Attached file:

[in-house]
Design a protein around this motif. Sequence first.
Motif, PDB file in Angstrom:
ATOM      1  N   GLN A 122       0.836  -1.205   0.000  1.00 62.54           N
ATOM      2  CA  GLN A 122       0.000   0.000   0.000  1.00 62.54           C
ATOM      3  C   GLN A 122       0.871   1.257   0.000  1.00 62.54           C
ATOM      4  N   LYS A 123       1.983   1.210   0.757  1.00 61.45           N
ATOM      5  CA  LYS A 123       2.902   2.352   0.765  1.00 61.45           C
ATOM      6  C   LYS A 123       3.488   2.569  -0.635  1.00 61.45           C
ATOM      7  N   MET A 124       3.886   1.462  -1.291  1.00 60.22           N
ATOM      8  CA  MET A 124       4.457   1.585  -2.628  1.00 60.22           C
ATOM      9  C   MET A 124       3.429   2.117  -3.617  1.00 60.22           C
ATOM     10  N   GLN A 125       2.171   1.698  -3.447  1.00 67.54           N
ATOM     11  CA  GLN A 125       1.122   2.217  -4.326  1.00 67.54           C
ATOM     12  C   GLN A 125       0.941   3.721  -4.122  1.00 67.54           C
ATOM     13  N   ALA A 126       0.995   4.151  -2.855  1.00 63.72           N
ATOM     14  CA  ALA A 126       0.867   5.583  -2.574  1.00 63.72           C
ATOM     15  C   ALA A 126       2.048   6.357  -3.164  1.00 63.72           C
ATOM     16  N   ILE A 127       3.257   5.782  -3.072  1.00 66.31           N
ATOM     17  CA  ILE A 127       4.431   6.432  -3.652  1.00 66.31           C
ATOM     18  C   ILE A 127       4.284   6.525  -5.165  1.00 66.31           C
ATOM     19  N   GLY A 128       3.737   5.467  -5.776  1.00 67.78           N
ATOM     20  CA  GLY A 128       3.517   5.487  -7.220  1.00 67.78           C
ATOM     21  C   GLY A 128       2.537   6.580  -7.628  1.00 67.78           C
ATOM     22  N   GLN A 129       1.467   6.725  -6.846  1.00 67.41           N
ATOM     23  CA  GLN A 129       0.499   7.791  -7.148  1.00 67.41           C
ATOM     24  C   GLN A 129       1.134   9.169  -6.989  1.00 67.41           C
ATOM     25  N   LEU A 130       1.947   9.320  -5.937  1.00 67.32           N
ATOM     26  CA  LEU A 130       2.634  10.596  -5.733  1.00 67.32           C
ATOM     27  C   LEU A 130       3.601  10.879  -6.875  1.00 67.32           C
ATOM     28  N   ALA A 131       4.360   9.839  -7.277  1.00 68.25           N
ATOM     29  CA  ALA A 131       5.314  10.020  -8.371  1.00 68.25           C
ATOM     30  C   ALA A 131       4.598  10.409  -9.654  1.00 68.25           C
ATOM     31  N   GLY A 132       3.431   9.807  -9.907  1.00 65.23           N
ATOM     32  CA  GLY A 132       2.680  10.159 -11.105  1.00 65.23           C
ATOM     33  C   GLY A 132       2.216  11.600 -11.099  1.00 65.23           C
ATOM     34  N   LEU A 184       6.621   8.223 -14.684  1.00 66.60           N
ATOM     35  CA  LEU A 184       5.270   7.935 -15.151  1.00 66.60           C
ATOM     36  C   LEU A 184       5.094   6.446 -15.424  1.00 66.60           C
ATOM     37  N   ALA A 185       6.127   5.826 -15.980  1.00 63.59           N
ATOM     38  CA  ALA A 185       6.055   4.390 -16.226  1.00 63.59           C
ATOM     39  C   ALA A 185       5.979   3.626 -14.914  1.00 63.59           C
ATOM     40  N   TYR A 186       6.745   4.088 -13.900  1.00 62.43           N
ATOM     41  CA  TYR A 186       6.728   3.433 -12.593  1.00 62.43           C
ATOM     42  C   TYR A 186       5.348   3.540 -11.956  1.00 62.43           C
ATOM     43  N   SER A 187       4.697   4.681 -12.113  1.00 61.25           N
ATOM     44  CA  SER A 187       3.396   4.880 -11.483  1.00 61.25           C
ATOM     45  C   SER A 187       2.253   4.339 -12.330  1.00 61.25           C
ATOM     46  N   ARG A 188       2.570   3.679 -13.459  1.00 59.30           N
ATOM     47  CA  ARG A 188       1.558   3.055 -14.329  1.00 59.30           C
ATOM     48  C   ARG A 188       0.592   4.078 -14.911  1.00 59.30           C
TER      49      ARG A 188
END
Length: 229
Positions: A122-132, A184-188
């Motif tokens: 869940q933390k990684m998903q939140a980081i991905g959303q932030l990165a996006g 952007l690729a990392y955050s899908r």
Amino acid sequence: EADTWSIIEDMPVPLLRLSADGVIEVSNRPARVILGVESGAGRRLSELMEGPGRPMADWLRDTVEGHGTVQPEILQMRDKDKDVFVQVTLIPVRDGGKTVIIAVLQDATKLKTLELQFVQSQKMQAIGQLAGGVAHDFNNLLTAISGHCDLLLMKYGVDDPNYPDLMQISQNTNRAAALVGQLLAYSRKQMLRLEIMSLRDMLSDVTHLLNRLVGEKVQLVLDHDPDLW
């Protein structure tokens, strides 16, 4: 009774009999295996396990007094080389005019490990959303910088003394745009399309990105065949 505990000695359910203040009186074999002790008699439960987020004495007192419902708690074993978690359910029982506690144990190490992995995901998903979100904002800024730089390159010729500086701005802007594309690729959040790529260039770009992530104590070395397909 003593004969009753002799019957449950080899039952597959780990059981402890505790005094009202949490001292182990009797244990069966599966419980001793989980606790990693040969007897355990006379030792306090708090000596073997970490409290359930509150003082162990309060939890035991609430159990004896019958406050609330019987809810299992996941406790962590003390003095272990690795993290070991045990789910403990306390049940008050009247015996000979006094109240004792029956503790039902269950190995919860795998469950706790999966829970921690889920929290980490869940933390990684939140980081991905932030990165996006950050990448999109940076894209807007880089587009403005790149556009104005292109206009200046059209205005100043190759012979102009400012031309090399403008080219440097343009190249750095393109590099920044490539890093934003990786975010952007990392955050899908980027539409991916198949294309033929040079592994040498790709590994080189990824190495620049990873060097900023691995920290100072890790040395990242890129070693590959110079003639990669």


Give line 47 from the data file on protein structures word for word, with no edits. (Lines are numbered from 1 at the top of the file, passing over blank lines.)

ATOM     44  CA  SER A 187       3.396   4.880 -11.483  1.00 61.25           C